Mainline Ferries

The mainline vessels are our largest ships and typically take more than one day to travel between start and end ports, that provide road access. These vessels offer all the amenities needed for passengers who may be onboard overnight or for multiple days. Cabins are available for rent and cafes and restaurants offer food for purchase. For the more adventurous, who prefer to travel without a cabin, set up a tent on the upper deck or bring your own sleeping bag for a night or two in the covered, heated solarium. Public showers are also available onboard. Interior observation lounges and outside decks provide amazing views of the passing landscape.

Alaska Peninsula from the <em>MV Tustumena</em> crew mess © Larry Willamson, AK DOT&PF

Day Boat Ferries

The day boats connect smaller communities with each other and with the mainline vessel routes. Although, cabins are not available on these vessels, public showers are. Interior observation lounges provide excellent opportunities to view spectacular scenery and wildlife, get outside and walk around the outside decks for some fresh air, or relax in the heated solarium and bond with your fellow travelers.

Vessel stack with Alaska Flag © Emily Frederick

Shuttle Ferries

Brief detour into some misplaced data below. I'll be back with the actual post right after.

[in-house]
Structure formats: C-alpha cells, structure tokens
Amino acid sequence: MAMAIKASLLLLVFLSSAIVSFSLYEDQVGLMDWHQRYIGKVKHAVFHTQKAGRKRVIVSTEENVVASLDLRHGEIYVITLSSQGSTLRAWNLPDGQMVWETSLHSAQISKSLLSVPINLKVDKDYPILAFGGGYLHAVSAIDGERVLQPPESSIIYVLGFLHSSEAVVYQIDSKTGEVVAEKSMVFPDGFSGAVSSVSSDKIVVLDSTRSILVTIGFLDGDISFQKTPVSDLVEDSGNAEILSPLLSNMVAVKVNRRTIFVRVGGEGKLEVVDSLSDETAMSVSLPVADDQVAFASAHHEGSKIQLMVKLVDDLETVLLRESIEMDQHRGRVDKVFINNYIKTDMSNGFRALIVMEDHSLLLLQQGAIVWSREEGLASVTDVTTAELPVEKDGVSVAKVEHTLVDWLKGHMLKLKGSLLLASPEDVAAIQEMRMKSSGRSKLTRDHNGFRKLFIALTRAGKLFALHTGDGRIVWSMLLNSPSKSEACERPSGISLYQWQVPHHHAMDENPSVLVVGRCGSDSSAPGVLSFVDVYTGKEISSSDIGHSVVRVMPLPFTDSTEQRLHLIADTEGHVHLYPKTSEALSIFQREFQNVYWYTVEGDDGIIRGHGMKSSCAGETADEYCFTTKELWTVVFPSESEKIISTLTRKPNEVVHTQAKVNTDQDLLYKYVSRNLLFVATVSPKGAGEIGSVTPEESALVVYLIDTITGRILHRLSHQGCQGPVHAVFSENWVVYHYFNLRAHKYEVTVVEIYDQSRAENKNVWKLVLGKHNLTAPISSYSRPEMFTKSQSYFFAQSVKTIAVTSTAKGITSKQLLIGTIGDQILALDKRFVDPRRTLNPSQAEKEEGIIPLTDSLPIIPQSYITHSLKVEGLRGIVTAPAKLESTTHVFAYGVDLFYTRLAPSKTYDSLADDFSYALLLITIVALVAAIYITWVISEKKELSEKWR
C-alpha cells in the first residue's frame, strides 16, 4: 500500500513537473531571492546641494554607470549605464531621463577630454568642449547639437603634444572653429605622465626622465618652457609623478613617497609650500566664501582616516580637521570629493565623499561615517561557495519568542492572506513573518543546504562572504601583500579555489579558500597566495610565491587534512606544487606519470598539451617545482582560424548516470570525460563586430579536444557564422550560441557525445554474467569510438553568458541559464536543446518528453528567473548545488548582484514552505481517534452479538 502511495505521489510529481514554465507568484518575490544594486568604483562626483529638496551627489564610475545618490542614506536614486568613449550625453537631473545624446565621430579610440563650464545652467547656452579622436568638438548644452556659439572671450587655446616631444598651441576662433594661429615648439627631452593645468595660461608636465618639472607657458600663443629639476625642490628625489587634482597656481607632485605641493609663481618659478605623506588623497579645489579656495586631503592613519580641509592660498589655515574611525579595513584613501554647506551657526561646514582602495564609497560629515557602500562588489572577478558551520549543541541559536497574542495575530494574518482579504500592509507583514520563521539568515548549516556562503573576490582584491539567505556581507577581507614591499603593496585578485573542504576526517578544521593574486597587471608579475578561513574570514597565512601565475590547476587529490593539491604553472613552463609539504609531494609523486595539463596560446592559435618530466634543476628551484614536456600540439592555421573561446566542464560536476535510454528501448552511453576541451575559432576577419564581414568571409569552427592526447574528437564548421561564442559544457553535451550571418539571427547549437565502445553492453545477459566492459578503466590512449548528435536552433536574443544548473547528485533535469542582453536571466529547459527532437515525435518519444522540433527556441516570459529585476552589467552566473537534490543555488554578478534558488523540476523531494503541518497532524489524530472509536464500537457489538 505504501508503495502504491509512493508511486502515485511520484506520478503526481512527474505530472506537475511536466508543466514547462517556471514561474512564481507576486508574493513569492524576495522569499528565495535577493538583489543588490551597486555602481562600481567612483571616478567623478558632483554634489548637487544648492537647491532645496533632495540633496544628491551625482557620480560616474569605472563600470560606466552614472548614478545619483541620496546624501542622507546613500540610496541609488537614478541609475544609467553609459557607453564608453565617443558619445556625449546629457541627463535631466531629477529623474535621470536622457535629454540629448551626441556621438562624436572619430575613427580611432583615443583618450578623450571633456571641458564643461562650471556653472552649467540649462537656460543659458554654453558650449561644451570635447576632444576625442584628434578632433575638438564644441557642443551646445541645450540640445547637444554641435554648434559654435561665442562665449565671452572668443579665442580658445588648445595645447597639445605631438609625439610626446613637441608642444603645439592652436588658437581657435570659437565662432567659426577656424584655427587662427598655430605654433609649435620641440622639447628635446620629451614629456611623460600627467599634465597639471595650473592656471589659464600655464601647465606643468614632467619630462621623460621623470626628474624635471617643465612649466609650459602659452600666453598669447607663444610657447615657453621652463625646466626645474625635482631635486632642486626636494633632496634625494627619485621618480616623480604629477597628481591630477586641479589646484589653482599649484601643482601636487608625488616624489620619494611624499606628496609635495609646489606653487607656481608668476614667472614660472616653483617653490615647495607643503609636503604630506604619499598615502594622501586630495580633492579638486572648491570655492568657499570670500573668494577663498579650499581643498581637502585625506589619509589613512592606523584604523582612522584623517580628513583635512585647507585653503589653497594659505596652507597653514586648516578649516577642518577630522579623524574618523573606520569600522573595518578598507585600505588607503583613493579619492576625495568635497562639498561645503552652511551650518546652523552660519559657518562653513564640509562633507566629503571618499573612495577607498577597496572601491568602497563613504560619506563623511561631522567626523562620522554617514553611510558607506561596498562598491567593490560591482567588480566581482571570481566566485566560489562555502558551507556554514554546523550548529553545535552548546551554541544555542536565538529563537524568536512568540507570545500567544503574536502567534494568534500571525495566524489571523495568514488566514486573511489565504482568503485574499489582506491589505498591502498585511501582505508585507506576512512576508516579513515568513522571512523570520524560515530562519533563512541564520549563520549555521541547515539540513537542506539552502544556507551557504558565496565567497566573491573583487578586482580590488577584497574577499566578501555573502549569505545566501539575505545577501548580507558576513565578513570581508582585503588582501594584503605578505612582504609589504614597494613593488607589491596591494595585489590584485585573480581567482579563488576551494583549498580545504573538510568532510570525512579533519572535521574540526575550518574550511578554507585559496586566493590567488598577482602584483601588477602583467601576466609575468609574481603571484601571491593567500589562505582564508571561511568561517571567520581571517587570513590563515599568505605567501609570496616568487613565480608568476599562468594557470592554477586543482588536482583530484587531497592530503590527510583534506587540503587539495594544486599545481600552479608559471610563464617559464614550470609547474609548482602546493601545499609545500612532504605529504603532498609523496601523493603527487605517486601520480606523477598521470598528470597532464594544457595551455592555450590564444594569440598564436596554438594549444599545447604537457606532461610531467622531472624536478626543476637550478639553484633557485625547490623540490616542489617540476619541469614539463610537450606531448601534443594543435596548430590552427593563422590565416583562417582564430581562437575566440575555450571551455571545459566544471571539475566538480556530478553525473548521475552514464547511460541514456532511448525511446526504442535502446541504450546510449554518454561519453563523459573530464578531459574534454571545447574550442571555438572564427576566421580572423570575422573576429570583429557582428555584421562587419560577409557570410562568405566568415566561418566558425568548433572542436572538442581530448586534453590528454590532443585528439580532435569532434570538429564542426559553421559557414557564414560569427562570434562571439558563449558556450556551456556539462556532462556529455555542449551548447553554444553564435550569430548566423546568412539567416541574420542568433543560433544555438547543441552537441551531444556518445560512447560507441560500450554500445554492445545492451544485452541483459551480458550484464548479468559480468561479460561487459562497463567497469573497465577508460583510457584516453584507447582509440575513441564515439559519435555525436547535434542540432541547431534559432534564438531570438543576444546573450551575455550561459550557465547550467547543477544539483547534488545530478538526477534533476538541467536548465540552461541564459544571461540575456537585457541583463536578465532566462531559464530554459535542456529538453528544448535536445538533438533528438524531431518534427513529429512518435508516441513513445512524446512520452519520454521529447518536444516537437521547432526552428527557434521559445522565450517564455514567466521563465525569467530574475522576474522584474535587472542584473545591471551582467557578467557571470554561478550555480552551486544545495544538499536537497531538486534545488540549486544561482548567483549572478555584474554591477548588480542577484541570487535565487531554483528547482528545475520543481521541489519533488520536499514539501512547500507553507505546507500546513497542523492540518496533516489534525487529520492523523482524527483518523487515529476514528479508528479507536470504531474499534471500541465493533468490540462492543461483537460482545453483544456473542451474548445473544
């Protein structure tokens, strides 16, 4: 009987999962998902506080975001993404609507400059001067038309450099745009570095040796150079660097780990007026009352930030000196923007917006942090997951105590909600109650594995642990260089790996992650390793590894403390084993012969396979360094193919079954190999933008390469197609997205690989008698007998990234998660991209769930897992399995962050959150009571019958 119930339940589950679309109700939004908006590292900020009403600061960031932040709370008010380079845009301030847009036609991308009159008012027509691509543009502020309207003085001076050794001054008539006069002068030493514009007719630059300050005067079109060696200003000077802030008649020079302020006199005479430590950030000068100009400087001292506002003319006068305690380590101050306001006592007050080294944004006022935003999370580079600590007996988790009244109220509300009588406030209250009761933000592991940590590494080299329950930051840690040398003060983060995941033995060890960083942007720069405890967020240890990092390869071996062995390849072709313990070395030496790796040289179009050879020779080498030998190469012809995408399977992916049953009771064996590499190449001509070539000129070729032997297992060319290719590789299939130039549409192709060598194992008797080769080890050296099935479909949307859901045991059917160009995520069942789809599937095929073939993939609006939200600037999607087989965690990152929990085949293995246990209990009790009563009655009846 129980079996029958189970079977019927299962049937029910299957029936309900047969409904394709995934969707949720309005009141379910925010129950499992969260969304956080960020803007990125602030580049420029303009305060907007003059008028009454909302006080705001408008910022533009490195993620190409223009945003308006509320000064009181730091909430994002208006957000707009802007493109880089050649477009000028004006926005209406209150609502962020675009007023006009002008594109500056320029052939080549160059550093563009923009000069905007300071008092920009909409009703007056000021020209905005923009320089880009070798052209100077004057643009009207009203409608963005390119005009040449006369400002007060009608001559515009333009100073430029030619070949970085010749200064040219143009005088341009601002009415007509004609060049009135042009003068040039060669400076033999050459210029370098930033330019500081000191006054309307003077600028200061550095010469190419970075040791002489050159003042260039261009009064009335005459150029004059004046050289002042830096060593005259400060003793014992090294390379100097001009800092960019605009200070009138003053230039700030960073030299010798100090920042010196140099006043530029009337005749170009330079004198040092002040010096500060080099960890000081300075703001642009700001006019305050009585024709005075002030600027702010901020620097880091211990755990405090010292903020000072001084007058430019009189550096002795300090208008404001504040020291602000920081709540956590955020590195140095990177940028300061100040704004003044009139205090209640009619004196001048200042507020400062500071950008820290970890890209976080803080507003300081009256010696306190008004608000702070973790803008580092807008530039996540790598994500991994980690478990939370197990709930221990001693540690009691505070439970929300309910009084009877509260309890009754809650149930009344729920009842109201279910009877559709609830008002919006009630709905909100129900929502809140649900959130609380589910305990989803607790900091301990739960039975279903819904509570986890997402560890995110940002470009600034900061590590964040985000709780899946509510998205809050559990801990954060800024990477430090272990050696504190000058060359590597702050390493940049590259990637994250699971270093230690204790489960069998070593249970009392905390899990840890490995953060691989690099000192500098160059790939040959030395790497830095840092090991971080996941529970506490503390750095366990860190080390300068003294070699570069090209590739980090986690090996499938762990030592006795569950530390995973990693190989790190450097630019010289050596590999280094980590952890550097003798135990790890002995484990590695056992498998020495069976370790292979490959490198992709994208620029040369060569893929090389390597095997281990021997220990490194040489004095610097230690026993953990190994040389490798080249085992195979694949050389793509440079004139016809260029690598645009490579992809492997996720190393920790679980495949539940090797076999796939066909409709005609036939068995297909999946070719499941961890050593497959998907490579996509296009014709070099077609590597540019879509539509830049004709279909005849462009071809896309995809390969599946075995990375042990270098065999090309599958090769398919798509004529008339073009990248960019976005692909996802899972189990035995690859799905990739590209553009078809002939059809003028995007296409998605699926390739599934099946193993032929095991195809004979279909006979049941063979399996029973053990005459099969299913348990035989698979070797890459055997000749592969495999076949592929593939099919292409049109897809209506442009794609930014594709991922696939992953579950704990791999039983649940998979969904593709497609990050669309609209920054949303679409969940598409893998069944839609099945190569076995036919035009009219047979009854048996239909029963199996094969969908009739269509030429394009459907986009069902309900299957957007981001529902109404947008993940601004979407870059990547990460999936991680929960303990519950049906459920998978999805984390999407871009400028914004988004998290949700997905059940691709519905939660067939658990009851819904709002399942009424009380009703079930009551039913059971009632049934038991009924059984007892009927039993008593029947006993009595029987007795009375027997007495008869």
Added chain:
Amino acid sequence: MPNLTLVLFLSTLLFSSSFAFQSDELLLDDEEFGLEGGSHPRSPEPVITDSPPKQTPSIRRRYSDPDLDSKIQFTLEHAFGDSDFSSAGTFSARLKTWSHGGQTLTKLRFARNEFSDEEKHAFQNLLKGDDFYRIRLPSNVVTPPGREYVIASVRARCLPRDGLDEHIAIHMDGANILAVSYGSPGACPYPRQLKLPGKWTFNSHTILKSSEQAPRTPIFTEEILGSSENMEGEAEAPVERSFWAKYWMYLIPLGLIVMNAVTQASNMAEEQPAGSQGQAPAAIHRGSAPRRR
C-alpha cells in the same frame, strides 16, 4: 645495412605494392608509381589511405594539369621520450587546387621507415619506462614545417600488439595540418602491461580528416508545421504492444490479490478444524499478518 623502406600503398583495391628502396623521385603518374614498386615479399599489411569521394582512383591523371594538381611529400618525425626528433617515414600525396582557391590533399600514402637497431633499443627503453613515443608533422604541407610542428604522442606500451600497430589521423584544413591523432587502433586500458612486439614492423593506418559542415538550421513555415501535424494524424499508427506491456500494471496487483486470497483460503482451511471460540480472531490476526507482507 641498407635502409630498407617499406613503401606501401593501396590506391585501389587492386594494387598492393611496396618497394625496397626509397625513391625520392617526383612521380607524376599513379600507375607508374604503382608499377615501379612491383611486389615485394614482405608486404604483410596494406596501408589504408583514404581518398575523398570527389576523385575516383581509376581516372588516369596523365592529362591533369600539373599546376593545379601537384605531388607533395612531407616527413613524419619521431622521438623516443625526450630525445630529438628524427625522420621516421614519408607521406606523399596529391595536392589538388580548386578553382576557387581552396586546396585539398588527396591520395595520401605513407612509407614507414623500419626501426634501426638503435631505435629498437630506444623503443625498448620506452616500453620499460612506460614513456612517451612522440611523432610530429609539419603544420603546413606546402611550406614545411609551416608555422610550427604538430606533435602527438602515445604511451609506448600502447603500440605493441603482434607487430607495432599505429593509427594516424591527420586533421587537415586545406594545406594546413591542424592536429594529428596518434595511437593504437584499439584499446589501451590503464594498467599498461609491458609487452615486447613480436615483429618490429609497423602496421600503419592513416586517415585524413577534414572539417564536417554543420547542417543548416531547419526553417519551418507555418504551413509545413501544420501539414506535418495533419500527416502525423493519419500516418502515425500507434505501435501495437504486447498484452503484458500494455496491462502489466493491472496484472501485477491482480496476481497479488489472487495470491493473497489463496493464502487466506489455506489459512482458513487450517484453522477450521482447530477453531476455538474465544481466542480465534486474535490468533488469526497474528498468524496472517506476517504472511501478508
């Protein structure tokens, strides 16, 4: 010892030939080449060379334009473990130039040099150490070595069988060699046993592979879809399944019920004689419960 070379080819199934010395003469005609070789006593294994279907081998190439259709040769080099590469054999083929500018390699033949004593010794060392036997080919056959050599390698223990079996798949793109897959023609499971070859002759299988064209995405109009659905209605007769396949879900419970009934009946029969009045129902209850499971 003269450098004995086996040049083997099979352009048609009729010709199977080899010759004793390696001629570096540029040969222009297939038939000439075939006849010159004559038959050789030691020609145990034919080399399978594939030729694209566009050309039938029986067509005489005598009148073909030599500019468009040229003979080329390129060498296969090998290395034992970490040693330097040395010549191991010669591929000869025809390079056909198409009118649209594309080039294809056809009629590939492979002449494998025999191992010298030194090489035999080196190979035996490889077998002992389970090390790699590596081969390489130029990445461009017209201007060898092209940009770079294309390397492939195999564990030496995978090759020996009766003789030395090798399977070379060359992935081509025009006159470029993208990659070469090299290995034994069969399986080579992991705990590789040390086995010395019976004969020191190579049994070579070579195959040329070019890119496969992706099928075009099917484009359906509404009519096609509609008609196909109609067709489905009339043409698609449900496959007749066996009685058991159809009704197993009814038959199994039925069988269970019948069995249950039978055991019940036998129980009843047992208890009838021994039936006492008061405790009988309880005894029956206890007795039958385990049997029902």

A sub-class of the day boat ferries is the shuttle ferries. These vessels provide round-trip service between two or three communities within a day. Passenger services are limited on these ships; however, observation lounges and access to outside decks provide spectacular viewing opportunities.

The bridge on the <em>FVF Chenega</em> © Wayde Carroll Photography

New Ferry Construction

The Alaska Department of Transportation and Public Facilities is currently in the process of designing and building replacement vessels to ensure the system will be able to continue providing reliable marine transportation service well into the future for the communities, residents, and businesses of Alaska. The status of these projects can be found on the following pages.

The <em>MV Tusutmena's</em> ship flag © Wayde Carroll Photography